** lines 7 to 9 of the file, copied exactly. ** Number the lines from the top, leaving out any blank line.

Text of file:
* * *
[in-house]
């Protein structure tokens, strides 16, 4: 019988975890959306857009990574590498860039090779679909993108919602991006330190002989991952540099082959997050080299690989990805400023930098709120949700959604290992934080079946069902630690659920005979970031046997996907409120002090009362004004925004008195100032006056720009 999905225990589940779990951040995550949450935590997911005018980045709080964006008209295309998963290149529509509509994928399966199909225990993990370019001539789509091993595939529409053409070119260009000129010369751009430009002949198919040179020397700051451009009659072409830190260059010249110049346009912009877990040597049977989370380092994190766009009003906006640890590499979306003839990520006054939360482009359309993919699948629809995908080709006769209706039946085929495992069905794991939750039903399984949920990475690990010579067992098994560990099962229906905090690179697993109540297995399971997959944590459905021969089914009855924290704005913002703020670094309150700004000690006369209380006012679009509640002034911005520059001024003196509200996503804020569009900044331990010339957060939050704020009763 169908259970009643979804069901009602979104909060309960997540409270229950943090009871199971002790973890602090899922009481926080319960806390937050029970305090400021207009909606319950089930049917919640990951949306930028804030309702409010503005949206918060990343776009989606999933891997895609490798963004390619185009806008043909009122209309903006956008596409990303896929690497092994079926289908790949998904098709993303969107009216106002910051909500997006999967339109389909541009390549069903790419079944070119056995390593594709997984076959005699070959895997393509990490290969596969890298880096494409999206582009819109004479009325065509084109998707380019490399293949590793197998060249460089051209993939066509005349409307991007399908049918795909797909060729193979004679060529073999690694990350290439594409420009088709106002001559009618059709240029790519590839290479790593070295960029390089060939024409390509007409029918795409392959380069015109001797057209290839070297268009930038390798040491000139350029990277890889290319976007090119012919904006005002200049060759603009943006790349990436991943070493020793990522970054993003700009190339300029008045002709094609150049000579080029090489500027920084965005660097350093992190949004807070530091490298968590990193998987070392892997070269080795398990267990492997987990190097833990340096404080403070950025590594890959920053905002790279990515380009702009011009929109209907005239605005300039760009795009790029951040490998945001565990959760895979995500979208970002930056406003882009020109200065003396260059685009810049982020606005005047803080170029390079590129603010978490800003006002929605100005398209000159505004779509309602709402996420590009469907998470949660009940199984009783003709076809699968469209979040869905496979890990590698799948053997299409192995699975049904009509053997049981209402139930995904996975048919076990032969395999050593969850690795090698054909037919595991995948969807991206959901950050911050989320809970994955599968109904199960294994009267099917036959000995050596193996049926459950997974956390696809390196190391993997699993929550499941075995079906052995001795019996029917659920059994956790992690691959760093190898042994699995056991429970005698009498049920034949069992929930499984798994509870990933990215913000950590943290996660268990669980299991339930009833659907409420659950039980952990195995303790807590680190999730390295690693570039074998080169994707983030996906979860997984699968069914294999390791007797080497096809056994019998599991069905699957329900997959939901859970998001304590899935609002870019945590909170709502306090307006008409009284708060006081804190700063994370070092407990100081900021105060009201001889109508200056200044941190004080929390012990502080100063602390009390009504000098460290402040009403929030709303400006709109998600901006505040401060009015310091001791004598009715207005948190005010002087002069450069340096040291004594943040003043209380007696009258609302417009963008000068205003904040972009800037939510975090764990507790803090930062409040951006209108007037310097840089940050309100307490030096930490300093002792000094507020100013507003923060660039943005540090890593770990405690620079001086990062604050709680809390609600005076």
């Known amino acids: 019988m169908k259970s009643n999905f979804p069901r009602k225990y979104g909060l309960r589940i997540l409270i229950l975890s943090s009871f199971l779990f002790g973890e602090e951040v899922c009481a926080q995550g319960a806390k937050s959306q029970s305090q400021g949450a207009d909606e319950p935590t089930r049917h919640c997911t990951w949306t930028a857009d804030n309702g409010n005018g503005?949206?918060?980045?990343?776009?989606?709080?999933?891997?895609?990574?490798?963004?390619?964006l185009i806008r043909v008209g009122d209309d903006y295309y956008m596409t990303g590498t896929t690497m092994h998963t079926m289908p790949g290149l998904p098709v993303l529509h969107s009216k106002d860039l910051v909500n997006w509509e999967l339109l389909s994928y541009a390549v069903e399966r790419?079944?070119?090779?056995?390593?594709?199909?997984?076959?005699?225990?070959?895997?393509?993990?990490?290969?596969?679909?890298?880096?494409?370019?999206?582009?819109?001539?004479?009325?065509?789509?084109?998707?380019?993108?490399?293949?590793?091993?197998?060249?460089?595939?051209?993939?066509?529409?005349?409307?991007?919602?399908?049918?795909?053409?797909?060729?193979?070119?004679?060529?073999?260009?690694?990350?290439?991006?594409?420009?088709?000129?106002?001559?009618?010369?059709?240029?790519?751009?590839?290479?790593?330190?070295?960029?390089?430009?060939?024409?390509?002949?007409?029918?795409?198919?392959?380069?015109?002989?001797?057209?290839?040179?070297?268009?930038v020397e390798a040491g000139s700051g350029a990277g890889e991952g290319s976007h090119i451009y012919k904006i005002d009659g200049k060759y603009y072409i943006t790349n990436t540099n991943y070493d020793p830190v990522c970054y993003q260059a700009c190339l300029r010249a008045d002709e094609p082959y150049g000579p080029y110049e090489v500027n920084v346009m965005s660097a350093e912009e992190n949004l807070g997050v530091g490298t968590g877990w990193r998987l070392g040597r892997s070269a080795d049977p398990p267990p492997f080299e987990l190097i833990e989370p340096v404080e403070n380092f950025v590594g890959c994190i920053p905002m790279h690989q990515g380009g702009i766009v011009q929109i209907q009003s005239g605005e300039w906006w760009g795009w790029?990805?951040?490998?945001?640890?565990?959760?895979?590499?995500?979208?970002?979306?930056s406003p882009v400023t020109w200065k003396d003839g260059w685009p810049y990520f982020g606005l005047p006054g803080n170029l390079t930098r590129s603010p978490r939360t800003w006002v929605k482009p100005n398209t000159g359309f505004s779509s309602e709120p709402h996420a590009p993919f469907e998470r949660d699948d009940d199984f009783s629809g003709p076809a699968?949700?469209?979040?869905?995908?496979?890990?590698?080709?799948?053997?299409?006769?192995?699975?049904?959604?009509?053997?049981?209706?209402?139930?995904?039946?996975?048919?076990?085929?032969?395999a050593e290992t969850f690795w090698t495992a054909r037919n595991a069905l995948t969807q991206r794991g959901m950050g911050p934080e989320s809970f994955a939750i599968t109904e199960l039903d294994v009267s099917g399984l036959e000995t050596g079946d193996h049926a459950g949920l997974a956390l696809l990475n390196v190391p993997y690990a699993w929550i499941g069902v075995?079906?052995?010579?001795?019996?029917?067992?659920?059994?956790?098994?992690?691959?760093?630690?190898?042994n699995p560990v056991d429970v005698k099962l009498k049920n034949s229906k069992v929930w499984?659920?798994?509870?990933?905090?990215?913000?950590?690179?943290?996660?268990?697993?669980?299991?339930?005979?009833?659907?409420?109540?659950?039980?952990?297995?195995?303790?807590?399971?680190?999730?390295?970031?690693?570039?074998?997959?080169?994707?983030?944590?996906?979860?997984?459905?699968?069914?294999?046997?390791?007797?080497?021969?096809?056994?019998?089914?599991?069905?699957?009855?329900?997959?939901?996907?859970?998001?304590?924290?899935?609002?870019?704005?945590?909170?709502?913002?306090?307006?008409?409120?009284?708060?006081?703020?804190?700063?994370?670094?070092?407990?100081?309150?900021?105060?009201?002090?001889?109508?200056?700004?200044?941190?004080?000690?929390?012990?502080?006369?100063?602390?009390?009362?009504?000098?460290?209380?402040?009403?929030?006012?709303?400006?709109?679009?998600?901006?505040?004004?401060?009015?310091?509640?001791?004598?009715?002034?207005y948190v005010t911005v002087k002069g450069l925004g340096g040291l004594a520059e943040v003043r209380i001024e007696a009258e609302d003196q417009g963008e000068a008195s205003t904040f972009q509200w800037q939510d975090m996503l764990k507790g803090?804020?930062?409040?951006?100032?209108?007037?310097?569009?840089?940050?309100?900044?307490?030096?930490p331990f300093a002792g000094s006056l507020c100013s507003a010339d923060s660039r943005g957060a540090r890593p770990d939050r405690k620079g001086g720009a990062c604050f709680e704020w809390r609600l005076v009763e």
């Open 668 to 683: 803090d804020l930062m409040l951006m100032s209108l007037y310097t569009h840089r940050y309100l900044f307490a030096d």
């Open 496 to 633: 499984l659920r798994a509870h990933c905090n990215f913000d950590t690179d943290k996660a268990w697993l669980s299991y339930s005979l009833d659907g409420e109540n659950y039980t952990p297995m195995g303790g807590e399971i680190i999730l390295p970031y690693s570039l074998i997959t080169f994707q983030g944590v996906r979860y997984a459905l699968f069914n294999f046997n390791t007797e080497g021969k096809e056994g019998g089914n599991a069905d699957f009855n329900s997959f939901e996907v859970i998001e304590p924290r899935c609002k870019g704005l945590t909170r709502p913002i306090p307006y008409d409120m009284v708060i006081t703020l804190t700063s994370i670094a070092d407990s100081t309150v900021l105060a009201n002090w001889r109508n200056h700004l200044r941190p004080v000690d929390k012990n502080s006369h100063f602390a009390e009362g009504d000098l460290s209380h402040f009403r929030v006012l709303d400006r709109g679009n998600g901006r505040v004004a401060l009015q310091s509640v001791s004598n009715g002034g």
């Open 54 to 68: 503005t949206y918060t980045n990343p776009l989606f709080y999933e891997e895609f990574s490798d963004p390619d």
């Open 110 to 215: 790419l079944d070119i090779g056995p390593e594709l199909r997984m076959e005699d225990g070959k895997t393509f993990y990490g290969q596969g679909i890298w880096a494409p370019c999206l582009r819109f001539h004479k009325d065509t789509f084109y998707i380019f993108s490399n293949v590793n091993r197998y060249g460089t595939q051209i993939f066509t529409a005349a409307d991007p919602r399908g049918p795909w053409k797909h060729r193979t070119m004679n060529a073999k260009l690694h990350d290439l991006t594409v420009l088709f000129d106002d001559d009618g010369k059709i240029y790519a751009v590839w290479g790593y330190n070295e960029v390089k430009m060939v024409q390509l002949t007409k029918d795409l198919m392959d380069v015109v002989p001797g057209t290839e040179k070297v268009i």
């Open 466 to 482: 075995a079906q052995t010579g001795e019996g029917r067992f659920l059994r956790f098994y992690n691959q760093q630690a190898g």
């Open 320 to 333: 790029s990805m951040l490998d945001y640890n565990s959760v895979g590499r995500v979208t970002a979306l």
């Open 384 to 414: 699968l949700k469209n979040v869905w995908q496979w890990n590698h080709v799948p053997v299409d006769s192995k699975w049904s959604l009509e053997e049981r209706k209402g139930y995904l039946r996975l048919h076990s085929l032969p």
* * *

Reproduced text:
């Open 110 to 215: 790419l079944d070119i090779g056995p390593e594709l199909r997984m076959e005699d225990g070959k895997t393509f993990y990490g290969q596969g679909i890298w880096a494409p370019c999206l582009r819109f001539h004479k009325d065509t789509f084109y998707i380019f993108s490399n293949v590793n091993r197998y060249g460089t595939q051209i993939f066509t529409a005349a409307d991007p919602r399908g049918p795909w053409k797909h060729r193979t070119m004679n060529a073999k260009l690694h990350d290439l991006t594409v420009l088709f000129d106002d001559d009618g010369k059709i240029y790519a751009v590839w290479g790593y330190n070295e960029v390089k430009m060939v024409q390509l002949t007409k029918d795409l198919m392959d380069v015109v002989p001797g057209t290839e040179k070297v268009i």
């Open 466 to 482: 075995a079906q052995t010579g001795e019996g029917r067992f659920l059994r956790f098994y992690n691959q760093q630690a190898g």
């Open 320 to 333: 790029s990805m951040l490998d945001y640890n565990s959760v895979g590499r995500v979208t970002a979306l």